The government attorney argued a defendant can be found to have acted corruptly if he acted through independently unlawful means or was animated by an unlawful purpose. Seeking a personal benefit could be one way to prove a defendant had an unlawful purpose, he argued, but it is not required in all cases. If a defendant acted to obstruct through independently unlawful means, as Robertson did, that alone is enough to establish corrupt intent.
The idea to apply the “personal benefit” test came from Judge Walker’s separate opinion in the Fischer case, discussed in my earlier post. Judge Walker also suggested future D.C. Circuit panels might be bound by his view, although the other two judges disagreed. The Robertson court asked the parties for supplemental briefs on the effect of the Fischer decision, but at oral argument it didn’t even come up. It appears the Robertson panel is going to decide the definition of “corruptly” itself and does not feel bound by Fischer.
Robertson’s attorney objected to the “independently unlawful” standard by noting a protestor who stands up and yells something to disrupt a Congressional hearing normally faces at most only a misdemeanor charge. But because that conduct is “independently unlawful,” that same protestor might now face a 20-year felony if the government’s test is adopted.
In the exercise of prosecutorial discretion, prosecutors are extremely unlikely to pursue an obstruction charge for such a political protestor and have not done so in the past. And as Judge Pan noted during the argument, the statutory maximum would almost certainly never be applied in such a case.
But to respond to such a hypothetical, the government attorney suggested the court could rule that, for purposes of this case, independently felonious criminal conduct establishes corrupt intent. That would leave for another day whether misdemeanor conduct would also suffice – although the government attorney noted the court was not likely to see any such cases in connection with the January 6 protests.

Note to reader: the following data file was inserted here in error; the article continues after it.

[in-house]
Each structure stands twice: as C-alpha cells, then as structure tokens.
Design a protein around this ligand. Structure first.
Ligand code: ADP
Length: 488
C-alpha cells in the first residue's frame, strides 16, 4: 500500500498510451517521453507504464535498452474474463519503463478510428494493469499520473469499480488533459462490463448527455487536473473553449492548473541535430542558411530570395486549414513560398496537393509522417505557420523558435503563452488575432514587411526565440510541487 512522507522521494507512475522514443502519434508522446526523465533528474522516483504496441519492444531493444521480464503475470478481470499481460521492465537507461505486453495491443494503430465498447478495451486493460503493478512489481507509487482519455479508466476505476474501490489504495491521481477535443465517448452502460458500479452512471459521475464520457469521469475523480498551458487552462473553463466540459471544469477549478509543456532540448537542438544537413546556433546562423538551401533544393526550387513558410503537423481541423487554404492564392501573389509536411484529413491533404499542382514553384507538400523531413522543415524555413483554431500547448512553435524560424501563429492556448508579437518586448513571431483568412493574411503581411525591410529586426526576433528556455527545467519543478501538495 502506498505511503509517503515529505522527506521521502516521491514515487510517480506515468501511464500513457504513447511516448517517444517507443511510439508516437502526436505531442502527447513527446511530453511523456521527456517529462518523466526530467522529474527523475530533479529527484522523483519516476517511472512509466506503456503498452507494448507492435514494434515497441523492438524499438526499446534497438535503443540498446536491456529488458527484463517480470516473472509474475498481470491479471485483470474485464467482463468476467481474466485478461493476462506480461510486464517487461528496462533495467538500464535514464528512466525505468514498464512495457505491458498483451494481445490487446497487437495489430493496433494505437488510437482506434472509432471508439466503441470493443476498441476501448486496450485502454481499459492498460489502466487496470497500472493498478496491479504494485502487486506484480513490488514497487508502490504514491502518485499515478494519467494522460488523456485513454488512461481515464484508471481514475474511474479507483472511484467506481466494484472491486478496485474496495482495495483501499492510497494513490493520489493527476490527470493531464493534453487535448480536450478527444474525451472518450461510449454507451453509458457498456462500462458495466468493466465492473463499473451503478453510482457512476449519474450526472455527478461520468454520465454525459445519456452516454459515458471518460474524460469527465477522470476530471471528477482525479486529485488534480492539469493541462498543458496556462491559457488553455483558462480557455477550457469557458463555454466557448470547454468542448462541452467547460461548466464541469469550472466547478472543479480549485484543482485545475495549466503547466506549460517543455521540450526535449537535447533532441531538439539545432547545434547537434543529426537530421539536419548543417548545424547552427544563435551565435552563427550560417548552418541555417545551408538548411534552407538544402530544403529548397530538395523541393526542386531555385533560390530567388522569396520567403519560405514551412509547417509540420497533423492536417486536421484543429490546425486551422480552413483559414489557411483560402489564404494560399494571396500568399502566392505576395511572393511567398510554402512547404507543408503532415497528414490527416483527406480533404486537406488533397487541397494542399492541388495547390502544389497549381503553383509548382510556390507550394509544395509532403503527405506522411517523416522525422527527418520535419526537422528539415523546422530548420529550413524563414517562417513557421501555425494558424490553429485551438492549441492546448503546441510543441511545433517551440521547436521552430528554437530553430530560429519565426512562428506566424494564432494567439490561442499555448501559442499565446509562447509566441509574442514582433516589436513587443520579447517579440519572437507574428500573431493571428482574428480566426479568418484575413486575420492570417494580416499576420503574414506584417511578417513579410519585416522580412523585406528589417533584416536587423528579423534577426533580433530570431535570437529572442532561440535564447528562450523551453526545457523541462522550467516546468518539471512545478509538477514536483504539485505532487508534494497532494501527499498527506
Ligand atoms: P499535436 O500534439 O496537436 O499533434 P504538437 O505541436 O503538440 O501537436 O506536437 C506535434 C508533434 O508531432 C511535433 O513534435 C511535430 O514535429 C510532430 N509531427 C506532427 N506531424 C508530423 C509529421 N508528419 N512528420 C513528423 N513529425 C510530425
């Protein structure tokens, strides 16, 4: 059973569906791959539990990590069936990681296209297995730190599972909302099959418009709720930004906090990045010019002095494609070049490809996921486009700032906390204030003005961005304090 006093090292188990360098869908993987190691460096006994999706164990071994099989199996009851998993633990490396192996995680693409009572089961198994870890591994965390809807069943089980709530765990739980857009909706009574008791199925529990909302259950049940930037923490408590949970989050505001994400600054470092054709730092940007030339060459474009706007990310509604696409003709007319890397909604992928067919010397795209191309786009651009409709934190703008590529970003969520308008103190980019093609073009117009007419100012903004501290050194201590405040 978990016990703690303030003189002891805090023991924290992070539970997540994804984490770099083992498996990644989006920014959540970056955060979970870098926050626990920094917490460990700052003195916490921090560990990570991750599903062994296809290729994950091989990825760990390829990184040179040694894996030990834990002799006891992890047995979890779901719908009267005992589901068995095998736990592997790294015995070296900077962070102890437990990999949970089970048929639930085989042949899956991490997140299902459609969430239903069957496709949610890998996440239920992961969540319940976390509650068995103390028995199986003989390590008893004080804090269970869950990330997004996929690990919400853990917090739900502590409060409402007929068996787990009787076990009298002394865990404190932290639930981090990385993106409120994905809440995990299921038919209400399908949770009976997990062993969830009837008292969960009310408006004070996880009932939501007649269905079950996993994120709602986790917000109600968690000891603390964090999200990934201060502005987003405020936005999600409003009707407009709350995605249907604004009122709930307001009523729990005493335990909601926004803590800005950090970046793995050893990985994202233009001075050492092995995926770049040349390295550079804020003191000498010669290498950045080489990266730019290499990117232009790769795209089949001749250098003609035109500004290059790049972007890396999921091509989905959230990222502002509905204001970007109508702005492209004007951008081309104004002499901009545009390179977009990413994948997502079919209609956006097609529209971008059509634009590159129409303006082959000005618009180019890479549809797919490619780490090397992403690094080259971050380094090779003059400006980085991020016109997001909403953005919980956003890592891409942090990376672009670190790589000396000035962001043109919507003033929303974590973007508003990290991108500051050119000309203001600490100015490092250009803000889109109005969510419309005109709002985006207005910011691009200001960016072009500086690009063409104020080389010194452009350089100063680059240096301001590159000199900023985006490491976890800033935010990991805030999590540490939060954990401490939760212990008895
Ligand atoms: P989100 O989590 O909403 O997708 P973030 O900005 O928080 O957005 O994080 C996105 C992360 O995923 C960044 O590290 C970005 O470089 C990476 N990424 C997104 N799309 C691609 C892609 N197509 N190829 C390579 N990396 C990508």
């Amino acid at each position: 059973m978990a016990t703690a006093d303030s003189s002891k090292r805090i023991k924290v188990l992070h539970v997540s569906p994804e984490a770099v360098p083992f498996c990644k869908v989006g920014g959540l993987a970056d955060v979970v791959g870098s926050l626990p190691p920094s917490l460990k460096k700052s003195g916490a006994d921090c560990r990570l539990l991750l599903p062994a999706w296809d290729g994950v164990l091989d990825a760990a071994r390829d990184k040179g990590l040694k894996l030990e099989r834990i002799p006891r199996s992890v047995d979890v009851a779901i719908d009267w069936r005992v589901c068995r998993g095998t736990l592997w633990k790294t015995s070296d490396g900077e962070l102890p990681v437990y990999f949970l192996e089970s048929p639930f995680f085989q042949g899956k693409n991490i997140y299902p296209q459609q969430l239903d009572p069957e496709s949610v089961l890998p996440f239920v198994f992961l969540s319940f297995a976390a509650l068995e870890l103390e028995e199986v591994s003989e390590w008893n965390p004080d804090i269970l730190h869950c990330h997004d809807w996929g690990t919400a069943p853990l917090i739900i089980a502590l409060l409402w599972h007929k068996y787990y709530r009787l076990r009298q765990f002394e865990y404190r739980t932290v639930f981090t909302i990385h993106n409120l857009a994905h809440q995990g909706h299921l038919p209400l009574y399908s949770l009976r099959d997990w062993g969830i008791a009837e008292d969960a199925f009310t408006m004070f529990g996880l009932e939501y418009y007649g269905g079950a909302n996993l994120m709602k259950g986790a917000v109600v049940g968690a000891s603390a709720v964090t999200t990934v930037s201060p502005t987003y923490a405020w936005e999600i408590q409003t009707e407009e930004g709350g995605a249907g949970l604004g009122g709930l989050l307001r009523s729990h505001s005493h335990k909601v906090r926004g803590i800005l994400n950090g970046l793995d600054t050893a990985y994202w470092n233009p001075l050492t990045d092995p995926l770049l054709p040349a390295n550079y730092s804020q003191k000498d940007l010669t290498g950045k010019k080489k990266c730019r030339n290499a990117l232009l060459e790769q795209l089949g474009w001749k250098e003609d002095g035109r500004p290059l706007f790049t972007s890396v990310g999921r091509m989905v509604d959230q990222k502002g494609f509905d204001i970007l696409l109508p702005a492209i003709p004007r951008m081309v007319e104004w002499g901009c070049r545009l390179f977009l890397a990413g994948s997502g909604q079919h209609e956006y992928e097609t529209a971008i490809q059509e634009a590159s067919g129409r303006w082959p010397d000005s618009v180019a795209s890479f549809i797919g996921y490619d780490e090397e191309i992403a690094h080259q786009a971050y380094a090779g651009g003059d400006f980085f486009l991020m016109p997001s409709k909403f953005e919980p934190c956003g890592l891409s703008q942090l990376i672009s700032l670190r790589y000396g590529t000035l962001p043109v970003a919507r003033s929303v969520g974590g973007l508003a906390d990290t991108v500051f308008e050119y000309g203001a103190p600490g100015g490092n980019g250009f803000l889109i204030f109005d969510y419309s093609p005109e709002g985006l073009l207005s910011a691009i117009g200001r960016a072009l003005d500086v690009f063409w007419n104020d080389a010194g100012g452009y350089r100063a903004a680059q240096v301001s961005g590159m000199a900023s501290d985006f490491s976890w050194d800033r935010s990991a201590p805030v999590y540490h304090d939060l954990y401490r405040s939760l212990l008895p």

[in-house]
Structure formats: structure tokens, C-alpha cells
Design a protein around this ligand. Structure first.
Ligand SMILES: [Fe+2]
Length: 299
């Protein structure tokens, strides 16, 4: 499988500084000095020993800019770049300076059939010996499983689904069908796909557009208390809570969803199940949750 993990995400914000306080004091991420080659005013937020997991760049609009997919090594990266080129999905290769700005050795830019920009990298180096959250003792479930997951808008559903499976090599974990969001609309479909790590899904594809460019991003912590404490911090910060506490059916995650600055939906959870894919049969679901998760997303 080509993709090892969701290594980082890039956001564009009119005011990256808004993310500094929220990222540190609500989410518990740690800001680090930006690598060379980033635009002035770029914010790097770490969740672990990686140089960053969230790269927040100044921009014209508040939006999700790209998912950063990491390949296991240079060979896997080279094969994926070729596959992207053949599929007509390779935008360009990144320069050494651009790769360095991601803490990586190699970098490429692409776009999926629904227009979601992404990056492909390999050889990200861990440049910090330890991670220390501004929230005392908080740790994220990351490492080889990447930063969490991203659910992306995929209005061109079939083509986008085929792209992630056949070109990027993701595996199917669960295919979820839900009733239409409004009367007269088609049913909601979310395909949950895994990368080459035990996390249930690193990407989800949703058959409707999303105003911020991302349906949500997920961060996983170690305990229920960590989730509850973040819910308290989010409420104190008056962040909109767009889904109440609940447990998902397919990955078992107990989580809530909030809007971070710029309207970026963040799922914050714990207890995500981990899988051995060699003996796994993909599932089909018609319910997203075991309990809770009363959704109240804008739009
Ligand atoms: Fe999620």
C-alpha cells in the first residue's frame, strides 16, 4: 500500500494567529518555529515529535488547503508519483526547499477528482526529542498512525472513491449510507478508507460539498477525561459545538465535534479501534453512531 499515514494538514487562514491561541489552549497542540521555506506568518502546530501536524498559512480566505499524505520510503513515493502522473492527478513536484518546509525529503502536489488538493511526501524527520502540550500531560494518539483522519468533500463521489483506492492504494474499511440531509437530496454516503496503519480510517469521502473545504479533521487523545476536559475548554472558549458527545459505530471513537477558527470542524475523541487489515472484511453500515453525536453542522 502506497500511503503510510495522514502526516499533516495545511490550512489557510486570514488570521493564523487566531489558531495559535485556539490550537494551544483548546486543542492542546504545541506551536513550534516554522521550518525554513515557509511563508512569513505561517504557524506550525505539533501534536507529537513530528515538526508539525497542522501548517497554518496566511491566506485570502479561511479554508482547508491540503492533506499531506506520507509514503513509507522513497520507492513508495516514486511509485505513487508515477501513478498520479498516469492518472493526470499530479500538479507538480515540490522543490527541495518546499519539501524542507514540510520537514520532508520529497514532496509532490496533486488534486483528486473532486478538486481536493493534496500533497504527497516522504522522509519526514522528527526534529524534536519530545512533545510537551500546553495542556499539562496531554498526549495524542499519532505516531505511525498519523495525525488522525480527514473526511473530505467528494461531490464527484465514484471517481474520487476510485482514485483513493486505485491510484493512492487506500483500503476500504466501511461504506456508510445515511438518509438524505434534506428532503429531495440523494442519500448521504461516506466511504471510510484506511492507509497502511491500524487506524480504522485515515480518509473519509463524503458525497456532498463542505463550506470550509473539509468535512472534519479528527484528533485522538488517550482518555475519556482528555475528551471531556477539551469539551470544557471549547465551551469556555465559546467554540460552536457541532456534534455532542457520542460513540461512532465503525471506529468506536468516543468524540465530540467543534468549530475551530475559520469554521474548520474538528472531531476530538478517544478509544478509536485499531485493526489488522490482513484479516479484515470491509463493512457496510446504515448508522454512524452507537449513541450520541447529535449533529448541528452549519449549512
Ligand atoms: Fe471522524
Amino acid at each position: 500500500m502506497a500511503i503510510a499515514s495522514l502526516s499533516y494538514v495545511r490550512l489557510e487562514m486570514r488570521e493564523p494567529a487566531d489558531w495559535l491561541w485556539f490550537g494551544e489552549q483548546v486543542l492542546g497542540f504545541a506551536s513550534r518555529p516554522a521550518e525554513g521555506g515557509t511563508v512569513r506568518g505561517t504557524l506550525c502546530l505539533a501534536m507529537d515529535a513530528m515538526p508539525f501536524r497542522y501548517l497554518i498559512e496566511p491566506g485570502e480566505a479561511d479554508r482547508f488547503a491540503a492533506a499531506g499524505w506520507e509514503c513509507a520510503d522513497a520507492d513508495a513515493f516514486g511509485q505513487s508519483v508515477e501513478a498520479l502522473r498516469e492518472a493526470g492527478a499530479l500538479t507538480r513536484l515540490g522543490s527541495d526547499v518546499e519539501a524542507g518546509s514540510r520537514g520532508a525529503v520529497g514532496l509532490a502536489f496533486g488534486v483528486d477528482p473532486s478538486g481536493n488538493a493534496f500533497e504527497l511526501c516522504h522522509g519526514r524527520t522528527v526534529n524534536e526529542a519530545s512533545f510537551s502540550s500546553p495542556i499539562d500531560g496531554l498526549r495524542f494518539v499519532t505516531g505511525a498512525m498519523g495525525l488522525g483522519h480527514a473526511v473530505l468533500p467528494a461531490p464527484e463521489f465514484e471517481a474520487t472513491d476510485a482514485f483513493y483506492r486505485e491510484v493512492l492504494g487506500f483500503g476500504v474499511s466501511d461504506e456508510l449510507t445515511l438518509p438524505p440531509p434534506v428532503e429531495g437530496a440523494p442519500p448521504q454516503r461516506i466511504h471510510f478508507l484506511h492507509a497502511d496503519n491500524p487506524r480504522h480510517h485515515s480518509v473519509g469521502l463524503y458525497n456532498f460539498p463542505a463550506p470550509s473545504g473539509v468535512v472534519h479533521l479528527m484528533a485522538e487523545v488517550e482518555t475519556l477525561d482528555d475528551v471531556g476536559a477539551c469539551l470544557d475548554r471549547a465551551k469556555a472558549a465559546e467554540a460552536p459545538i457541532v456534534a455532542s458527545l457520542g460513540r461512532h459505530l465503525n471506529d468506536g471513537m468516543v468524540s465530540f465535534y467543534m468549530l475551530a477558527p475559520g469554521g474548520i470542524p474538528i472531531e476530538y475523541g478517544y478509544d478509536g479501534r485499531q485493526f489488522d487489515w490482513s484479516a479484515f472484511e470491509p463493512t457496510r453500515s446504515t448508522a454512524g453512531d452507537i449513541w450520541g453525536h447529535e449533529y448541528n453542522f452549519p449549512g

The ”independently felonious” standard would be the narrowest way to resolve the case and it appeared to have some appeal for the judges. I wouldn’t be surprised to see the court adopt that standard. If it does, that will preserve the viability of the obstruction charge for virtually all Capitol riot defendants, as well as for former president Trump and others who did not take part in the riot but used other felonious means to seek to overturn the election.
Supreme Court Further Narrows Corruption Laws
On Thursday the Supreme Court handed down two important decisions on the scope of federal mail and wire fraud: Ciminelli v. United States and Percoco v. United States. The sister cases arose from a major development initiative knows as the “Buffalo Billion,” which funded projects in the Buffalo, N.Y. area.
Ciminelli is a developer who was convicted at trial of wire fraud and conspiracy to commit wire fraud. He was charged with taking part in a bid-rigging scheme to ensure that his company would obtain lucrative “Buffalo Billion” contracts. At trial the government didn’t seek to prove the state had lost any money, because Ciminelli’s company did adequately complete the contracts. Instead, prosecutors relied on the “right to control” theory. That theory, popular in the Second Circuit, held that fraud can be established if the defendant deprives a victim of potentially valuable information necessary to make economic decisions. The bid rigging scheme, prosecutors charged, deprived the state of important information it would have used to select a contractor, and so the state was defrauded of its right to control its valuable economic decisions.
The “right to control” theory has been on life support for a long time. The Supreme Court has repeatedly held that a scheme to defraud requires a deprivation of money or property and that schemes to deprive a victim of other rights or interests are not fraud. The most recent example was the “Bridgegate” case, where the Court unanimously held that a scheme to manipulate lane closures on the George Washington Bridge to punish a political opponent was not a scheme to defraud under federal law. (Another example of this doctrine is the Varsity Blues decision discussed above, where the First Circuit held, based on these Supreme Court precedents, that admission slots at a university are not “property” for purposes of federal fraud law.)
Given this trend, it was apparent the Supreme Court would pull the plug on the “right to control” theory when the right case teed up the issue. In fact, it was so clear the theory was doomed that in the Supreme Court the government abandoned it and tried unsuccessfully to argue that Ciminelli’s convictions could still be upheld on an alternative basis.